Pastoral work is stressful, whether a full-time pastor with staff or a bi-vocational pastor in the middle of nowhere with a congregation of twenty. The difference often lies in the formal education of the two. Generally speaking, the full-time pastor often has some sort of formal seminary training. But for the often rural, bi-vocational pastor, that is not an option.
A formally-educated versus a non-formally-educated pastor does not qualify or disqualify a man. Too many times, the idea of a seminary-educated pastor in the rural church is not looked upon with glee. Yet, to the larger city church of hundreds or thousands of congregants, the lack of seminary training is looked upon with disdain. For one, the formal education spells some sort of liberal thinking, and to the other, lack of education means he is somehow not qualified to “preach” to them.
I am by no means against a solid, biblical seminary education. If I could, I would do so right now, at age 50. But for most rural pastors in a bi-vocational setting, that is not an option, even with online classes available. However, lack of formal training does not excuse bad doctrine.
There is no excuse for the rural pastor to be without knowledge and education, even if it is not from a formal institution. Bad doctrine has grown out of bad preaching in the rural church for generations. I know. I have been there, witnessed it, and even fell into some of it.
What can a man do? Glad you asked. Paul gives Timothy sound advice in 2 Timothy 2:15: “Be diligent to present yourself approved to God as a workman who does not need to be ashamed, accurately handling the word of truth.” One of the most dangerous places to be as a pastor is one who handles the Word of God lightly or carelessly. Too often, people think that rural pastors do not need any “education” because they have the Holy Spirit. Well, it is true the Spirit of God works in us and lead us to the truth in the pages of Scripture. But to approach ministry with the idea that you cannot learn how to study, teach, and preach the text is just plain foolish.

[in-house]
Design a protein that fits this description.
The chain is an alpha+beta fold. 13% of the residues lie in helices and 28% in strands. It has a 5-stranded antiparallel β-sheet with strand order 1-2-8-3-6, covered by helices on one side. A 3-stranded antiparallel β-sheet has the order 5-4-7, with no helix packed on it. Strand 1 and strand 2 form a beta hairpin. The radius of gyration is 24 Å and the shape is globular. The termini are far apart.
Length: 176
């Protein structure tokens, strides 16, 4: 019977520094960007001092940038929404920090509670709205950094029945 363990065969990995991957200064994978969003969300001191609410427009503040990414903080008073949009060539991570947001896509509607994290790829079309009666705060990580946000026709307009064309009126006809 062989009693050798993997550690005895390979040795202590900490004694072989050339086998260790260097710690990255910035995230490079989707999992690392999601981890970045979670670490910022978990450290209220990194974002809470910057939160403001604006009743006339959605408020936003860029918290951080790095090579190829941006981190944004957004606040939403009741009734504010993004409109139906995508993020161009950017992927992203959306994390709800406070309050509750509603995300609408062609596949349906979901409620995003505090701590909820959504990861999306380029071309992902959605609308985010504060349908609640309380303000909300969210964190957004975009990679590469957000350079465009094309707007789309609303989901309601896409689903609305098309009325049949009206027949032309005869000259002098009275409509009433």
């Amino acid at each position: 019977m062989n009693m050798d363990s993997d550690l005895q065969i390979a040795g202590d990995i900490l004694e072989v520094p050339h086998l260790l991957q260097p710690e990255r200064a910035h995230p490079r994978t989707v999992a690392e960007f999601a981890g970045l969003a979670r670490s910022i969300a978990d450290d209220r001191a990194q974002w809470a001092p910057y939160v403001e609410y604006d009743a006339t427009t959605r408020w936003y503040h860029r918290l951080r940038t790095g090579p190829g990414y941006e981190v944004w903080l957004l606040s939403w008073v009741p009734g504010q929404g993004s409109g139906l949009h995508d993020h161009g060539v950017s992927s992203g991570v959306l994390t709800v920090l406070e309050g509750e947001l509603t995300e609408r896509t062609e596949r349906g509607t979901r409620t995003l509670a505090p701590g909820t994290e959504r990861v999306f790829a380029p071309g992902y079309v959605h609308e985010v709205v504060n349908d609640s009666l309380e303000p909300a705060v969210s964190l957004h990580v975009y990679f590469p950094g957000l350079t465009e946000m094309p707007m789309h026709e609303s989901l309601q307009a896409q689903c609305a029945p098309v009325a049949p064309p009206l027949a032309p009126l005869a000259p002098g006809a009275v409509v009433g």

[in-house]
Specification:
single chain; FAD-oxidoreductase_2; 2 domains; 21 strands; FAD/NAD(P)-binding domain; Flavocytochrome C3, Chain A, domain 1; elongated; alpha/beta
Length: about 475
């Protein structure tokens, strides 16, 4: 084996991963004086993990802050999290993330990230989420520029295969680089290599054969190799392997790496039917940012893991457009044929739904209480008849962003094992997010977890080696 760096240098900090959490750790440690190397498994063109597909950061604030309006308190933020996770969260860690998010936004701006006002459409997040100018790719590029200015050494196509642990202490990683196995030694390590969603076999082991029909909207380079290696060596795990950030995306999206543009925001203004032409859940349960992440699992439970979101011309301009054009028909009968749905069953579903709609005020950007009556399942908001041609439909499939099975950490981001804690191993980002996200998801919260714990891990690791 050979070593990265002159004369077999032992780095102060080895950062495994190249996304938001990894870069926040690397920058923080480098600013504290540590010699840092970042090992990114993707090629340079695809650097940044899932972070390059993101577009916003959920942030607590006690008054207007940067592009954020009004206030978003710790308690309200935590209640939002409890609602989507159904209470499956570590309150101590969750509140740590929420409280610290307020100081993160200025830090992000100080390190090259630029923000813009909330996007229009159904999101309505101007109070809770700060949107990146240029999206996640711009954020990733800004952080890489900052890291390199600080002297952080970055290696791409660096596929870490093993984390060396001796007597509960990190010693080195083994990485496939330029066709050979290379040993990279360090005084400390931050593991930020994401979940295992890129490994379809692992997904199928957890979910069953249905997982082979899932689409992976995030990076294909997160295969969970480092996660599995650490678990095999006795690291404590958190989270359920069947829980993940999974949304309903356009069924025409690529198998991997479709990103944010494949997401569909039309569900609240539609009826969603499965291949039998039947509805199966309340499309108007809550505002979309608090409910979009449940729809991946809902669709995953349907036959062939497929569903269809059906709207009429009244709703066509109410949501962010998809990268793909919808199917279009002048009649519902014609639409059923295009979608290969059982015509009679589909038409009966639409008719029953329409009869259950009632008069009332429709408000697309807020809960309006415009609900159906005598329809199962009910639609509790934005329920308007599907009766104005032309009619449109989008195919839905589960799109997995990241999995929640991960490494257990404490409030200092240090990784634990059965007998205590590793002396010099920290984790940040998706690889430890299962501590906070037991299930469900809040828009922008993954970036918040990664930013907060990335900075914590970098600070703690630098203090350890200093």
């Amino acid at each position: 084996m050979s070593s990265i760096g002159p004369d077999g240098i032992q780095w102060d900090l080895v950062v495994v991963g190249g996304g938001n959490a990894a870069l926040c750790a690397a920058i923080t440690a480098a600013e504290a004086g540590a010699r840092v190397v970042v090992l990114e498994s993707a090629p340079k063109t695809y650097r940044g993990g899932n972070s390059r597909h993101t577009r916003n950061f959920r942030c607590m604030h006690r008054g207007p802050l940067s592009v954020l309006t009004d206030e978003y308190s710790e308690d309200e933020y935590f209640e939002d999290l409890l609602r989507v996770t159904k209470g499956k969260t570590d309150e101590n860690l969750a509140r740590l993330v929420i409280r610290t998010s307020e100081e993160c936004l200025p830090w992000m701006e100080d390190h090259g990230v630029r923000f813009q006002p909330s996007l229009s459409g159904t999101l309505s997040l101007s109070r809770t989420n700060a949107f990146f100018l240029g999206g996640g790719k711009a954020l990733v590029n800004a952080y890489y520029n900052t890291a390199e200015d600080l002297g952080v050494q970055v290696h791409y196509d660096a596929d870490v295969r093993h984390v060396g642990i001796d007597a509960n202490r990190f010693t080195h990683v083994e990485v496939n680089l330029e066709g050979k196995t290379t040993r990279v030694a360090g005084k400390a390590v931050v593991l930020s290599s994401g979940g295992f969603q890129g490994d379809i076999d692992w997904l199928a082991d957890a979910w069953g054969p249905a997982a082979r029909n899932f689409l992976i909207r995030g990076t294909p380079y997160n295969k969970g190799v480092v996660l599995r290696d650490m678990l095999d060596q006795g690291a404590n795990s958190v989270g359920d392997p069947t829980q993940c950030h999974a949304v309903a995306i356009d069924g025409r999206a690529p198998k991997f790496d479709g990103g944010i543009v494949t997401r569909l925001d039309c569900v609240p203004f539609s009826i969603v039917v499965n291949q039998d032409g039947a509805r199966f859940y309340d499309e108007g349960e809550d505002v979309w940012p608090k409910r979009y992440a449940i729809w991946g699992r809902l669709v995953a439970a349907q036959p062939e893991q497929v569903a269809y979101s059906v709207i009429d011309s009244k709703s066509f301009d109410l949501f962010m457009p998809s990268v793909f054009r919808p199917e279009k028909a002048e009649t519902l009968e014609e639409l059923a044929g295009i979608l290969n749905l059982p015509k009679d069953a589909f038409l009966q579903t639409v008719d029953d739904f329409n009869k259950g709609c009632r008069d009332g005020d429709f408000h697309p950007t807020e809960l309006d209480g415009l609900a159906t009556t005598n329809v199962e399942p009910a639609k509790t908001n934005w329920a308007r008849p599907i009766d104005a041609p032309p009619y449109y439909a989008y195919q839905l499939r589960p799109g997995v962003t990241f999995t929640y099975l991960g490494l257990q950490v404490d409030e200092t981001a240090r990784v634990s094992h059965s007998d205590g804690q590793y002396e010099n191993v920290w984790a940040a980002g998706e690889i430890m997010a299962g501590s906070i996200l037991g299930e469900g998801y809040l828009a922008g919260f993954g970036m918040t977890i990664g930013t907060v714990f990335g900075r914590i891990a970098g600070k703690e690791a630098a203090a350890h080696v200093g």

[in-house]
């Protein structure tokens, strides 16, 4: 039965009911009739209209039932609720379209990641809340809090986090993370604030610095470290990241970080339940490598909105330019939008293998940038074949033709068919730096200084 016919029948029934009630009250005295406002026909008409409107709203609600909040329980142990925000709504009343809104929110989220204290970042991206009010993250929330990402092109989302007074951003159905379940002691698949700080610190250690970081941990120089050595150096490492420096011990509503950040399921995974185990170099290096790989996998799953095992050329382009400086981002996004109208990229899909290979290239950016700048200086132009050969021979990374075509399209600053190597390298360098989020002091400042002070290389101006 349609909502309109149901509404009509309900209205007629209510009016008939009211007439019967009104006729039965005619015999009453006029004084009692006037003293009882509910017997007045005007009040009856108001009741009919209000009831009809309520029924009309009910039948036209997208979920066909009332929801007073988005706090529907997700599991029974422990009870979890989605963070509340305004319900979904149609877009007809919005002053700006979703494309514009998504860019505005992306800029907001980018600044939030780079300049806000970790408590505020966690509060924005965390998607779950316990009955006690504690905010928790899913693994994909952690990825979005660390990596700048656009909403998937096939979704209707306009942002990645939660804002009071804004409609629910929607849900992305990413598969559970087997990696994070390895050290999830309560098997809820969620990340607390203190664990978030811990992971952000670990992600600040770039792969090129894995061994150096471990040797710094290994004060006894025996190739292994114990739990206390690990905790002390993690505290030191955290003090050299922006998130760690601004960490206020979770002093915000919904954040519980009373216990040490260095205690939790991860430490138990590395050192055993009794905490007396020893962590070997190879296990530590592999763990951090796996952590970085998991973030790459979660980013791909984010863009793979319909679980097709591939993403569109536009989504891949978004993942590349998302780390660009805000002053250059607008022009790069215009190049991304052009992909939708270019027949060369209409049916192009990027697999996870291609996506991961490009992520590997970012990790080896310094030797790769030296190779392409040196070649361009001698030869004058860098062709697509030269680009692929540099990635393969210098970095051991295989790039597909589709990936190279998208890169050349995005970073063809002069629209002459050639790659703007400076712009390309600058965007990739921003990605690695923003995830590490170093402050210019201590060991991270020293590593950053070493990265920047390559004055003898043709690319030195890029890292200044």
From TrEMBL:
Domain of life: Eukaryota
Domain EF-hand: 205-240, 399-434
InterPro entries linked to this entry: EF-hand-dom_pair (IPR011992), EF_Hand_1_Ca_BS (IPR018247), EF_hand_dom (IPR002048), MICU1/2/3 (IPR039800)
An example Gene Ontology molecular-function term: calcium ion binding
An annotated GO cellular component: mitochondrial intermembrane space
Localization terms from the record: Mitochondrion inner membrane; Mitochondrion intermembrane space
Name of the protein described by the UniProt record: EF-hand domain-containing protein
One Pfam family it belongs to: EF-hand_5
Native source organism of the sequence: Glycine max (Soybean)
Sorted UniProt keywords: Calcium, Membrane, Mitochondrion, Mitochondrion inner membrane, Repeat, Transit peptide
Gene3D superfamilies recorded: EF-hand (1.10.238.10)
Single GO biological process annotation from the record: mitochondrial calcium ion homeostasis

Pastors are often drawn into local, moralistic, and even unbiblical traditions handed down. Many of these traditions are external righteousness; dress, music, Bible versions, and the like. They pound the pulpit with the legalistic traditions, while ignoring the opportunity to learn solid biblical exegesis. I once was like this.
What I have learned at this point in my life is God has provided ample resources to get a solid education from right where I am at. Back in the early 2000s, I sat down with a dear pastor friend who was attending Southern Baptist Theological Seminary. I asked what he thought about elders in the church. That launched me into a theological transformation, not based on men’s ideas, but God’s Word. I began to read and study the Word of God from the perspective of “what does the Scripture say” not “what do I want it to say.”
I have been in bi-vocational ministry for over 25 years. I am not in a place, nor was I, to do a full-time seminary education. But since that faithful dinner question, I have built a library of solid books about doctrine, life, ministry, and preaching. At this time, I do not have a theological degree, but not only do I have the Word of God and the Holy Spirit to teach, I have faithful resources to help. Here is what I have learned.
Have a good solid software program or website where you can get word definitions from. I recommend Blue Letter Bible, Bible Gateway, or even Logos. Once you discover what the Greek word means, the syntax behind it, etc., that brings about a whole new meaning to the text.
Get a good library of rich theological books. I recommend a solid systematic theology book, such as Grudem’s Systematic Theology or MacArthur’s Bible Doctrine book. Do not limit to just reference theology books, build a solid library of books by proven faithful men. I know they are just men, but they can be a tremendous help.
You can access ample resources on the internet such as through ministries like G3, Grace to You, Founders, and many more, which have resources on church membership, doctrine, and preaching, just to name a few. Do not settle for sub-par preaching in the pulpit because you are not formally educated. Study to “show yourself approved” so you can shepherd the sheep God has given you. Feed them what the Bible says, not what traditions say.
Finally, do not settle for the idea that you are not smart enough or educated enough. You have the Bible, access to original languages, commentaries, Bible helps, and hopefully a mentor who can help answer questions. Preach the Word, uncover the text, teach the people what the Bible says, and you will, in time, see a difference in your congregation.